Election Can Restore Fiscal Fairness
Despite "no-new-tax" pledges, Minnesota's taxes are going up again. In a recent set of 2013 projections, Minnesota's House Research Department has determined that statewide property taxes will increase by 1.8 percent, or $153 million, with even steeper increases in Greater Minnesota.
Farmland, apartments, and business properties will experience another year of significant spikes. Homestead property taxes are projected to remain flat or decrease slightly in the coming year. However, fiscal experts say flat homestead taxes will be short lived. As the housing market bounces back, homeowners will share higher property taxes' true costs, if there are no major changes in state tax law.
Don't be mislead by conservatives' touting "no-new-tax" policy. Their cuts to social services, education and local government revenue sharing, known as LGA, all trickle down to local governments. In the past decade, local leaders have found innovative ways to deliver quality services while cutting costs. They've also cut many services and education offerings. At a certain point, however, local leaders can only do more with less for so long. To prevent the fiscal avalanche from crushing their communities, locals raised property taxes to maintain services.
This shift from state income taxes to local property taxes is regressive and unsustainable, eroding 40 years of fiscal fairness. Property taxes are necessary as part of a balanced revenue mix because they are a more stable revenue source than income and sales taxes. However, like sales taxes, property taxes are not based on the ability to pay, meaning that lower income households pay a larger percentage of their income for these taxes.
Yet, this growing reliance on property taxes is the course conservative "no-new-tax" policy has set for Minnesota.
The special session tax bill, which ended the 2011 state government shutdown, reduced city LGA by more than $204 million in its first year alone. Furthermore, it locked in LGA cuts, freezing them at 2010 levels with no inflation or population growth adjustments. This represents an inflation-adjusted 26% LGA decline since the program's 1972 incpetion. The plan also included $642 million in cuts to property tax aids and credits including the elimination of the Homestead Credit and a reduction of the Renters’ Property Tax Refund.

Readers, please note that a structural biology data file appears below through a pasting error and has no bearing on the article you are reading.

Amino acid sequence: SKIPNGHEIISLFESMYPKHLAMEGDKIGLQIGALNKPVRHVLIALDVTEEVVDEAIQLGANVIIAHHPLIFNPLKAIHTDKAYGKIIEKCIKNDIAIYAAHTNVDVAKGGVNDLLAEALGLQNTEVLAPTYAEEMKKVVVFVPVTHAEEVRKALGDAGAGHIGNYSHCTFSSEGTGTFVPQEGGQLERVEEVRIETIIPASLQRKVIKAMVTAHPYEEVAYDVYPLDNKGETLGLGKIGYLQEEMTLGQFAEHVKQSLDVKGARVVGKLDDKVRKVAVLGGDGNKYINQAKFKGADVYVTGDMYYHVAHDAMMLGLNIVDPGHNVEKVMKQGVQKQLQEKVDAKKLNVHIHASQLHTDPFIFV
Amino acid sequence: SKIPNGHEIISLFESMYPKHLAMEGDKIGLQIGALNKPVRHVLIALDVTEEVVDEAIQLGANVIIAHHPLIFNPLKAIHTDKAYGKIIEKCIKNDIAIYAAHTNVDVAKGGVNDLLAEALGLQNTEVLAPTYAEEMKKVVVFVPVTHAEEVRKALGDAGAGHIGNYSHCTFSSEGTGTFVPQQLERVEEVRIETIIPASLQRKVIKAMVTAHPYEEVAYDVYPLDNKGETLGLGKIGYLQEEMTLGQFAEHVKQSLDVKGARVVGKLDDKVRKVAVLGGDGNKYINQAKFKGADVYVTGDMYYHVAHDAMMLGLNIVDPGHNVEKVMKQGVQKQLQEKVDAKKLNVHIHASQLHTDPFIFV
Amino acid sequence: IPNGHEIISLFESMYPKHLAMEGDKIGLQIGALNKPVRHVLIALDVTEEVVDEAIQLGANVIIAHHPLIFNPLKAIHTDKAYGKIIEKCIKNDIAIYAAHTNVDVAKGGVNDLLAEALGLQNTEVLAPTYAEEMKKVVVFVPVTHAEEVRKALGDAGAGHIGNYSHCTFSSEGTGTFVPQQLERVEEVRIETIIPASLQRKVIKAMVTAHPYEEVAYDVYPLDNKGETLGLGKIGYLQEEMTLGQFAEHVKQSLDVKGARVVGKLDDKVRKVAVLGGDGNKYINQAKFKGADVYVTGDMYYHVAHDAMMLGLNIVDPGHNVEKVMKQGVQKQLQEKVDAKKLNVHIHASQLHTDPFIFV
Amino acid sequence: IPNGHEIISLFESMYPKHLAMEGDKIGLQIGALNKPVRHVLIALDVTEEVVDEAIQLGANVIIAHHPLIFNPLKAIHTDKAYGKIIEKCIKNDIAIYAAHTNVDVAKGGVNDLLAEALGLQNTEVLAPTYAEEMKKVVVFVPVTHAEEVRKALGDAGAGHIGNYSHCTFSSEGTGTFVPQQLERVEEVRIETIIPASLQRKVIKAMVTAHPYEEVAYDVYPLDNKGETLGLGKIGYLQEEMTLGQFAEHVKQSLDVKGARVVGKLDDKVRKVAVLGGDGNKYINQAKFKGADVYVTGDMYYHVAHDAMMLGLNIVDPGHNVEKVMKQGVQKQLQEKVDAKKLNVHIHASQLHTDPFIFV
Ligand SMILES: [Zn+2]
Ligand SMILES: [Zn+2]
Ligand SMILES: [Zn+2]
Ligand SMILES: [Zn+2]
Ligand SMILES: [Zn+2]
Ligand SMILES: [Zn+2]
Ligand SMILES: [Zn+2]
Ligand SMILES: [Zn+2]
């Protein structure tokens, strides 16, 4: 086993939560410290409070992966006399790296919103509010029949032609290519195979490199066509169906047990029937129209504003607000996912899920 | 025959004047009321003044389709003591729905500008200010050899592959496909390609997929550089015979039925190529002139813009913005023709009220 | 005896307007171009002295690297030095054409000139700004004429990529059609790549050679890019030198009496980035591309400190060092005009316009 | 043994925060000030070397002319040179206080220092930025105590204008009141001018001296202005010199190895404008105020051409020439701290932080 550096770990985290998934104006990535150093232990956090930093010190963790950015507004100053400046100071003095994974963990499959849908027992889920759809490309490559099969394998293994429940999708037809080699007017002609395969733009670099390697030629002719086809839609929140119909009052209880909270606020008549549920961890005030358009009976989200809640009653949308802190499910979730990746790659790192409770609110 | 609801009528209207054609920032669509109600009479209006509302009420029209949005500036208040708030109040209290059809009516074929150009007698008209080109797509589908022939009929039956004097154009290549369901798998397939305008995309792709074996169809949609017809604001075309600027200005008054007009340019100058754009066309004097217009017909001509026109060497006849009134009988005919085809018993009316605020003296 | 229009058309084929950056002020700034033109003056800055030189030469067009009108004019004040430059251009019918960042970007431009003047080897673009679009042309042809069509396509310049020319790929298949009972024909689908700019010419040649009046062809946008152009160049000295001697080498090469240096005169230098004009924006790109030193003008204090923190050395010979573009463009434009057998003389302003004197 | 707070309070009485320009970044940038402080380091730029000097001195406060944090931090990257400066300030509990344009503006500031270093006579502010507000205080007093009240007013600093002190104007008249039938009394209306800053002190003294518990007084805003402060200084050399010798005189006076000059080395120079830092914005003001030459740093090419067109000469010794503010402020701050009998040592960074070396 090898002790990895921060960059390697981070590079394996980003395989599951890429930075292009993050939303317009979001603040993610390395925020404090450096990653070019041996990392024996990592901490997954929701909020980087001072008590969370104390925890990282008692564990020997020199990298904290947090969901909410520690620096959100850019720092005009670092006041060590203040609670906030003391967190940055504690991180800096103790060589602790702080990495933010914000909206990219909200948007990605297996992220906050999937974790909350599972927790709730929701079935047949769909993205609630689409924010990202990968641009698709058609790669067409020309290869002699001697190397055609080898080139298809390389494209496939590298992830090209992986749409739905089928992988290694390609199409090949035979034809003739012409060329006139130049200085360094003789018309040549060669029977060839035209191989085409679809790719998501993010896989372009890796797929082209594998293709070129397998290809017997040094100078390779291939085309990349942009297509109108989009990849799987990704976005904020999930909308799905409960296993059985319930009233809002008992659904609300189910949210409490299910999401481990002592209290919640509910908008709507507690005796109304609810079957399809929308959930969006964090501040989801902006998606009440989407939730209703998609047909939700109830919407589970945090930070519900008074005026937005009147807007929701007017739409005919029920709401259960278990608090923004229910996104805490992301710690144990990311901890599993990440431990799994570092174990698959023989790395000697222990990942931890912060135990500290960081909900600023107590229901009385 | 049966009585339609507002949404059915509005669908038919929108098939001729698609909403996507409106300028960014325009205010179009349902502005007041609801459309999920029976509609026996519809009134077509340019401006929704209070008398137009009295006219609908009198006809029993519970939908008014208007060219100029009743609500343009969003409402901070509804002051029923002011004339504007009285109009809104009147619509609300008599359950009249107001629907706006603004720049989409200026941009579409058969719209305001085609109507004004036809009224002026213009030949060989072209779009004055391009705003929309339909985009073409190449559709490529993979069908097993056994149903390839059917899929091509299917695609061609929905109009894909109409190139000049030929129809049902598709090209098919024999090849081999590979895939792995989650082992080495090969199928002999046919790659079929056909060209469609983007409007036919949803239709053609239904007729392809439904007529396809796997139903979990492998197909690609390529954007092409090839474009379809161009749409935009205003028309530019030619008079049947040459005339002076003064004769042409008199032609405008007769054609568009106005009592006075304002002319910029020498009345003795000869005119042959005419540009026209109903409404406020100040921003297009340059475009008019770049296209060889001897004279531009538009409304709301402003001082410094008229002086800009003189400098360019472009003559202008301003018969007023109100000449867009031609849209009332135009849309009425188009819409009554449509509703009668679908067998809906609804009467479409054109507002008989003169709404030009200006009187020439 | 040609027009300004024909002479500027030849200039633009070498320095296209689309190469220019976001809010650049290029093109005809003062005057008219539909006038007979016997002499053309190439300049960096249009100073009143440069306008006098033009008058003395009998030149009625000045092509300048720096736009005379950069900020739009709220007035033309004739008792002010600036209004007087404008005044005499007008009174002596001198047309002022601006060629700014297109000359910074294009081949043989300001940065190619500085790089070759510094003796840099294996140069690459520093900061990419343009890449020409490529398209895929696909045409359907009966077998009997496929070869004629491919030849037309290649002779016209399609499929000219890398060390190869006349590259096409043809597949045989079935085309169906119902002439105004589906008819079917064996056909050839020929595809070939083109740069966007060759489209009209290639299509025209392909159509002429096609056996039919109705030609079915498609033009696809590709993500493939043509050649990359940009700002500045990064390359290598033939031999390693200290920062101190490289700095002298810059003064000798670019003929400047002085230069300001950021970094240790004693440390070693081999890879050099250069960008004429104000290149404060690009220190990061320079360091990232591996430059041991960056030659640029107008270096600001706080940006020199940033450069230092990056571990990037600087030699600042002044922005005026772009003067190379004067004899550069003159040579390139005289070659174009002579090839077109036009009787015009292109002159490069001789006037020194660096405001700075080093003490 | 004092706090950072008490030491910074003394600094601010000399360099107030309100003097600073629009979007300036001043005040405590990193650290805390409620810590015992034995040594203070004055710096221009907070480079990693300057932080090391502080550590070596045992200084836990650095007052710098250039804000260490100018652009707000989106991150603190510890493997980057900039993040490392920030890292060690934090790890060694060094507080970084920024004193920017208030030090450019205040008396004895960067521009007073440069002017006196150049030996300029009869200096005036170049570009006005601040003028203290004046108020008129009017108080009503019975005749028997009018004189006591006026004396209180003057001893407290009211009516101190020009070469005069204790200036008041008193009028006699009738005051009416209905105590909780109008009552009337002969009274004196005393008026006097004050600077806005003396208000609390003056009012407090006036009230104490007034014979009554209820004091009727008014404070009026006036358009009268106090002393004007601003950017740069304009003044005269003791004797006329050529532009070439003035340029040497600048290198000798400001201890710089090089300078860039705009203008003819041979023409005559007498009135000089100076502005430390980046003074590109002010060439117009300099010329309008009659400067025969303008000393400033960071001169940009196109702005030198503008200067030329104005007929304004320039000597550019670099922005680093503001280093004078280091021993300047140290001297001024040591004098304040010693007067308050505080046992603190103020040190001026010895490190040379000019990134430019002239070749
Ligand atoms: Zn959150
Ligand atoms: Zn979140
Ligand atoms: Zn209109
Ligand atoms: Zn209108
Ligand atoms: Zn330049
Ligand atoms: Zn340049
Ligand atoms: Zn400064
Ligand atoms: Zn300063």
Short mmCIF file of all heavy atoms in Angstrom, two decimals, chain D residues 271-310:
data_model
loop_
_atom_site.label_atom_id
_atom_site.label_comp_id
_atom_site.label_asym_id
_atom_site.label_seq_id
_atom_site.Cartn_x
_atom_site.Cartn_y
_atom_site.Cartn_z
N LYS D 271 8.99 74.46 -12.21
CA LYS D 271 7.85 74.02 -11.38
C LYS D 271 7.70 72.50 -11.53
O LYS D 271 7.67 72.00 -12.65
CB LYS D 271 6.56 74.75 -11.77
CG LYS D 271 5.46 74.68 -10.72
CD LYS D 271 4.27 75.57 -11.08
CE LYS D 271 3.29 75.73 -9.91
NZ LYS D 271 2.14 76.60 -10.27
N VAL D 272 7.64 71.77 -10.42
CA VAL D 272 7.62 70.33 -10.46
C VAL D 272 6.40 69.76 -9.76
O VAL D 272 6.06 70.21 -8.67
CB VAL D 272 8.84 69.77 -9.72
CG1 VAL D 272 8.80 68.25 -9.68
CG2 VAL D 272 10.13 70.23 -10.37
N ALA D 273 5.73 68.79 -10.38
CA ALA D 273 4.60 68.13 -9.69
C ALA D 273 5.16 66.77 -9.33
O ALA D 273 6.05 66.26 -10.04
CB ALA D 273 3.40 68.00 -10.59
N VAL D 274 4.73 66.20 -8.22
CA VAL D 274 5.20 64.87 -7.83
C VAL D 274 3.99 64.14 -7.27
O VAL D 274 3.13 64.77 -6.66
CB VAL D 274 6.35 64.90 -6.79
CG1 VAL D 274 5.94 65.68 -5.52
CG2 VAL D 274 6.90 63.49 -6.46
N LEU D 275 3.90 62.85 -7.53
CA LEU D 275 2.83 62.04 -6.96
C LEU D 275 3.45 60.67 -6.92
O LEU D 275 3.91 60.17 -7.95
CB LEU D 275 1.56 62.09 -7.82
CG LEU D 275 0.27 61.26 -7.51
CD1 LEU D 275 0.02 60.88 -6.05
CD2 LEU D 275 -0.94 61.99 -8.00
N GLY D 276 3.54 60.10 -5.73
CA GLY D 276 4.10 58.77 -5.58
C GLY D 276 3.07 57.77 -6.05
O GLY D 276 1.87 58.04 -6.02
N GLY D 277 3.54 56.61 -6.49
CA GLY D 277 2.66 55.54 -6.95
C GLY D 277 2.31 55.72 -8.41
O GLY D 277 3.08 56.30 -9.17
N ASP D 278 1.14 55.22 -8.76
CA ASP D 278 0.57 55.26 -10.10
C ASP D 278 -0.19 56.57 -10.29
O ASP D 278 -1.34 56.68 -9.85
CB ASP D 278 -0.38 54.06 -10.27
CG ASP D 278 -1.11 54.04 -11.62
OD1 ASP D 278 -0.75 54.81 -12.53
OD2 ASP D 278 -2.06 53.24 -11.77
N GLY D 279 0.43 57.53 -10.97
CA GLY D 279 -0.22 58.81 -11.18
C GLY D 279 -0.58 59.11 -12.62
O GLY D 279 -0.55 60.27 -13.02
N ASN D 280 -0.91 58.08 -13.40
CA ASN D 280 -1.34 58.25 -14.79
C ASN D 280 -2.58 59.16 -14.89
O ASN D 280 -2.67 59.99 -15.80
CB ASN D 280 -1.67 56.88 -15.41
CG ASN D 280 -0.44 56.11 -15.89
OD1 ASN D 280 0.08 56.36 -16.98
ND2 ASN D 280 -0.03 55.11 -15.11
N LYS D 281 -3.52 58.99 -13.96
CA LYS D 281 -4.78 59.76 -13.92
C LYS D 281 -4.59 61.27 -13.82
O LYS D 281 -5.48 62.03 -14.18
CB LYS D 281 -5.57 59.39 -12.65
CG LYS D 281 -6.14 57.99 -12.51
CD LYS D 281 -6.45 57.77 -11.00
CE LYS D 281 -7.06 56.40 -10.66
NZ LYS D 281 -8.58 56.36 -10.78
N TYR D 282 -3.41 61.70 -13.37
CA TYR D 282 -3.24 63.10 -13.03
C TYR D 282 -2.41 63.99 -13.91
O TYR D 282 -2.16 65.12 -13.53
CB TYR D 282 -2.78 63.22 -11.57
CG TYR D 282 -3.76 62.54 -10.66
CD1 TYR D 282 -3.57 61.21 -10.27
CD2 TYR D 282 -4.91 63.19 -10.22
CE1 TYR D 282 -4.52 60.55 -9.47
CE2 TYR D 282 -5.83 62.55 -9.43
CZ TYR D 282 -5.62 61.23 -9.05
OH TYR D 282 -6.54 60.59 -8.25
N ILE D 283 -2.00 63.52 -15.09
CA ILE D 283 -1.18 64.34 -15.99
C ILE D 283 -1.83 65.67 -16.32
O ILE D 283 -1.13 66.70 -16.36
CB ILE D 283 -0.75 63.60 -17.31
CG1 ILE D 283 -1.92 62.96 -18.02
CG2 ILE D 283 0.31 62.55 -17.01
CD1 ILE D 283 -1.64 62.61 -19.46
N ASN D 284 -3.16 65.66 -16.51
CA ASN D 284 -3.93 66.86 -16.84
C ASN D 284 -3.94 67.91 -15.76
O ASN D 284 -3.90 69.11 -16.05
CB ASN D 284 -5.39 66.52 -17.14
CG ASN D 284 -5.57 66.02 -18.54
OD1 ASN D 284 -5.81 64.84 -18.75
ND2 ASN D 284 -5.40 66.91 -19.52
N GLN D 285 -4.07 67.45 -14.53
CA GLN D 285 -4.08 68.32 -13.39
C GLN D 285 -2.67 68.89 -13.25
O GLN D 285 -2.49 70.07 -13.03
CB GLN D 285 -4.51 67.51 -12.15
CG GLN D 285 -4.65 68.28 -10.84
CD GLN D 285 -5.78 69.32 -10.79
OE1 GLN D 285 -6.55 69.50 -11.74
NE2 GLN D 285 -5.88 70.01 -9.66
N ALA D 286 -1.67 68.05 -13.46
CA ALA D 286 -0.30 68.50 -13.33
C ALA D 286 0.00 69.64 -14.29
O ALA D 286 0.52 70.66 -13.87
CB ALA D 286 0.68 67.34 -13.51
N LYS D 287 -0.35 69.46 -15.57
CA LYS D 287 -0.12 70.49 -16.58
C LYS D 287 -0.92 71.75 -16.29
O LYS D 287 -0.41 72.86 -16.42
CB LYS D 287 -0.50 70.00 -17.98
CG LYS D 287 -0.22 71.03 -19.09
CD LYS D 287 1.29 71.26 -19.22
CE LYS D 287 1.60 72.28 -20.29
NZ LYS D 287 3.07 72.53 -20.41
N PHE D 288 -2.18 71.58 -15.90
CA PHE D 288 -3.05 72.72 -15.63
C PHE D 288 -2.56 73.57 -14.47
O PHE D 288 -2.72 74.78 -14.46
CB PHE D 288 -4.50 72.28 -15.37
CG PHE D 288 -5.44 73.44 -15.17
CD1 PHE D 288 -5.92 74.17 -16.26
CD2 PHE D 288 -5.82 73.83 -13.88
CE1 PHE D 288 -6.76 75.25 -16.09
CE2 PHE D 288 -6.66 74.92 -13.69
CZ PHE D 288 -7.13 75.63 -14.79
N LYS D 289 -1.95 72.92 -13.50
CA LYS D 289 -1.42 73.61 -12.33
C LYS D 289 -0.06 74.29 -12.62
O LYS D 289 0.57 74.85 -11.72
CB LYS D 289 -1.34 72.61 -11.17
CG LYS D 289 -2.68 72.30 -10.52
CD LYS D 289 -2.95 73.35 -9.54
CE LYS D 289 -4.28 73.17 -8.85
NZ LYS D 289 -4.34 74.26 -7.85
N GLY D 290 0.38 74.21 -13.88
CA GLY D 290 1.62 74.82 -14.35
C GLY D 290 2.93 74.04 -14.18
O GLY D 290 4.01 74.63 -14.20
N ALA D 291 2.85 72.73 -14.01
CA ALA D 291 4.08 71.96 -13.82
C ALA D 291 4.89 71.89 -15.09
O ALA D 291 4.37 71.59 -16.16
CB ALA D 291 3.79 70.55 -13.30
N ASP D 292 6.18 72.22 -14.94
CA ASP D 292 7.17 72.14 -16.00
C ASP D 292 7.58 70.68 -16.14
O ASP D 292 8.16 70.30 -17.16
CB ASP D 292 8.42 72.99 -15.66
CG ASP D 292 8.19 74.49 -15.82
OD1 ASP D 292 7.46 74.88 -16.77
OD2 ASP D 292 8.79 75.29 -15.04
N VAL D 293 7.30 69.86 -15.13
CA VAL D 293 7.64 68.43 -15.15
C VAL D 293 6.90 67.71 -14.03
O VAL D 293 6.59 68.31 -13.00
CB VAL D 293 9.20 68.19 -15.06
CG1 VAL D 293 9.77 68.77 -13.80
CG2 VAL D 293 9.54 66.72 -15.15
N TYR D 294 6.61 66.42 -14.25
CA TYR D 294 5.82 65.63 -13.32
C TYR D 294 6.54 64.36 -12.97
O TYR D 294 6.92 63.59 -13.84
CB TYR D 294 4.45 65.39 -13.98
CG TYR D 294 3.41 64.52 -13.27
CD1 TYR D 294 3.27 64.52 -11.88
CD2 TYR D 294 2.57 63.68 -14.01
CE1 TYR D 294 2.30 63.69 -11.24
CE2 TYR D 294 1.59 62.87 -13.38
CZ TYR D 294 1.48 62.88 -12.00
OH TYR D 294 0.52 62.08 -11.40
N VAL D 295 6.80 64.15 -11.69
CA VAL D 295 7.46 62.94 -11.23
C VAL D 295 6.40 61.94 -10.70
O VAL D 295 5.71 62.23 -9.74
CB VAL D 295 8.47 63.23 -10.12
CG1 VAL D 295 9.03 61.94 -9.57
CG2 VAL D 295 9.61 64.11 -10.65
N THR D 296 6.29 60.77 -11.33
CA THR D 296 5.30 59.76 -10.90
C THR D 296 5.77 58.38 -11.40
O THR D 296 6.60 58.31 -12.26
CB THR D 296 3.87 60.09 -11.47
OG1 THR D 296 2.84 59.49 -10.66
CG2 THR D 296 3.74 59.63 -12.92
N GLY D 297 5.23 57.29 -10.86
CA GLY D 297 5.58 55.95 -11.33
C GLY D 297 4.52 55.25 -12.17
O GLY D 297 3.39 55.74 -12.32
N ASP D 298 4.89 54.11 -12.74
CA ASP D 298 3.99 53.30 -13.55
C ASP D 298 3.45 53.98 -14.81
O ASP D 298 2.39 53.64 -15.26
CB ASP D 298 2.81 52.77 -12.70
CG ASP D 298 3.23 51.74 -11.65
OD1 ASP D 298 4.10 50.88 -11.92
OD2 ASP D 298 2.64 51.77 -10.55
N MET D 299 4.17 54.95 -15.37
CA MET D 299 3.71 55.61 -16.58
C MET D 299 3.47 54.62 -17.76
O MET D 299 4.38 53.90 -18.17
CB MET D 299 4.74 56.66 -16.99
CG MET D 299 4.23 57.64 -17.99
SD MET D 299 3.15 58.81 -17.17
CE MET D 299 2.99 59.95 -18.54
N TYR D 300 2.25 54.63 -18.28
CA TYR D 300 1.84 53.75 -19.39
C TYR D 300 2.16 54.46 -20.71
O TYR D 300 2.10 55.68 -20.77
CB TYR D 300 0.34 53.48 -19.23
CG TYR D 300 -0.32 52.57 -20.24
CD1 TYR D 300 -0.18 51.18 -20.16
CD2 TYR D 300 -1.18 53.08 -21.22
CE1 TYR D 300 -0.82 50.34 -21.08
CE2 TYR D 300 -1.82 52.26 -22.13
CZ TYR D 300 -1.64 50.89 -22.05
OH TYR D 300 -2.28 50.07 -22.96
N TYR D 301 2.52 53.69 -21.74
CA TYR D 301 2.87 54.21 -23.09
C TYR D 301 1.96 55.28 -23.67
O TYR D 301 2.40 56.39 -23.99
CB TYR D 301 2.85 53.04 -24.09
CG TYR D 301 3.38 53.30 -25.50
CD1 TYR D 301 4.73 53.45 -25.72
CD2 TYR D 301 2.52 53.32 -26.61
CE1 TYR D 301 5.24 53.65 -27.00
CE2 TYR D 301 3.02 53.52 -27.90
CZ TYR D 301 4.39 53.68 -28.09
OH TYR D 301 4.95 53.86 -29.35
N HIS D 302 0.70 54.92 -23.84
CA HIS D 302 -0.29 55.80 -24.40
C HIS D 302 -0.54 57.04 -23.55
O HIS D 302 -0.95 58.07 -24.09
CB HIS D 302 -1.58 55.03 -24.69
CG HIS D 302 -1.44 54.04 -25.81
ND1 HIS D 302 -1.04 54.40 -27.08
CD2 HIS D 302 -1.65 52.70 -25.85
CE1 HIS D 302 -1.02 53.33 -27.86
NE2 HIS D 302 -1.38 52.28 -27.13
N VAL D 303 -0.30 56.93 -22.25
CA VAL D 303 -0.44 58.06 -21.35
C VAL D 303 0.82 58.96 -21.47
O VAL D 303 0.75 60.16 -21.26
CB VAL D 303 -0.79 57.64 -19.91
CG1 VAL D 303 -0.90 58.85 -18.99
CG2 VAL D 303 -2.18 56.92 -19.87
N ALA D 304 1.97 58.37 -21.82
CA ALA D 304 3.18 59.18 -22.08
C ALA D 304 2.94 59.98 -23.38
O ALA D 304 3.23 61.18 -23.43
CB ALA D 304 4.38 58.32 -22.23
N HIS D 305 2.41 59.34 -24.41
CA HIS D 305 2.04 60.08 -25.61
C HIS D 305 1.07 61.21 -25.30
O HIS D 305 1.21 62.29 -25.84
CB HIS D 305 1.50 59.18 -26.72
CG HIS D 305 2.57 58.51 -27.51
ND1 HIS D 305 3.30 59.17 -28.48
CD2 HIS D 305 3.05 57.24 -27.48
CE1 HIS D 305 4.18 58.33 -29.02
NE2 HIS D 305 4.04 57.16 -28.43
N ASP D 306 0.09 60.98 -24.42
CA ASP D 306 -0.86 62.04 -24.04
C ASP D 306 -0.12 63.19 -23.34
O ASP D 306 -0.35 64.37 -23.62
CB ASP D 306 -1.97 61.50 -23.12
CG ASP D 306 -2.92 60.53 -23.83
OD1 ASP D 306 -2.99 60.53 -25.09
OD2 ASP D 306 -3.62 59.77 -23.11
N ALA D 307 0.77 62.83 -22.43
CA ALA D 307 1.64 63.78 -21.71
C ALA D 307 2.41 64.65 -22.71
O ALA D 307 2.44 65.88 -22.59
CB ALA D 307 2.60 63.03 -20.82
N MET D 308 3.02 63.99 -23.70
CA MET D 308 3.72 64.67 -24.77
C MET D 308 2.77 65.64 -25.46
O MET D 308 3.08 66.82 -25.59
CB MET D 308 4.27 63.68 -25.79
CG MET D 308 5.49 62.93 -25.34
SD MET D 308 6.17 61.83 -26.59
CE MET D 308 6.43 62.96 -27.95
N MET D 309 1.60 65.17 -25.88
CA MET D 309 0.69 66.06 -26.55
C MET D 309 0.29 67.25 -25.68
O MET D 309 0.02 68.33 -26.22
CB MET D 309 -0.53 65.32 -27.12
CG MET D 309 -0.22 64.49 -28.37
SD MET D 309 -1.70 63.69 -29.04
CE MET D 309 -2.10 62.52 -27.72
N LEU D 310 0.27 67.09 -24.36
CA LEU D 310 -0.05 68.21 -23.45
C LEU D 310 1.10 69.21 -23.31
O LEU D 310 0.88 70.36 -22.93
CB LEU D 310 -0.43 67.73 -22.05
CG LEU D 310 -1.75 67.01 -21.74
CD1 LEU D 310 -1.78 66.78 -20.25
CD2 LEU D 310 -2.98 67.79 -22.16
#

According to the Minnesota Department of Revenue’s latest Tax Incident Study, median-income households in the state making between $53,315 and $68,696 pay an average of 12.1 percent of their incomes in state and local taxes. By comparison, households with and income over $429,354 pay an average of 9.7 percent. The report underscores these numbers by pointing out that revenue from income taxes has been declining in Minnesota while revenues from property taxes have been increasing. It also points out that, prior to recent changes, property tax refunds for renters and homeowners “substantially reduce overall regressivity.”
Even in the face of a 2011 state shutdown, legislative conservatives continued their refusal to pass any budget bill that raised income taxes on the state’s wealthiest households despite Governor Dayton’s repeated attempts at compromise that included substantial budget cuts. The resulting shutdown cost the state millions in lost revenue and incurred expenses. Minnesota's on going fiscal issues caused two agencies to downgrade the state’s credit rating, while Moody’s credit outlook went from stable to negative, an outcome that will likely continue to cost the state down the road.
When the budget was eventually passed, the wealthiest Minnesotans saw no increase in income taxes, yet property taxes rose across the state, particularly for farmers, businesses, and renters. Despite calls that government is growing out of control Minnesota Management and Budget office's Price of Government Report indicates government spending as a percent of overall income is down.
Minnesotans should think about this when they head to the polls tomorrow. Are you comfortable with growing fiscal disparities? Or should Minnesota take a balanced solution to get our budget back on track, one that asks our state’s wealthiest to pay their fair share, stops shifting the tax burden from the state to local governments, and halts the increasingly regressive trend in taxation?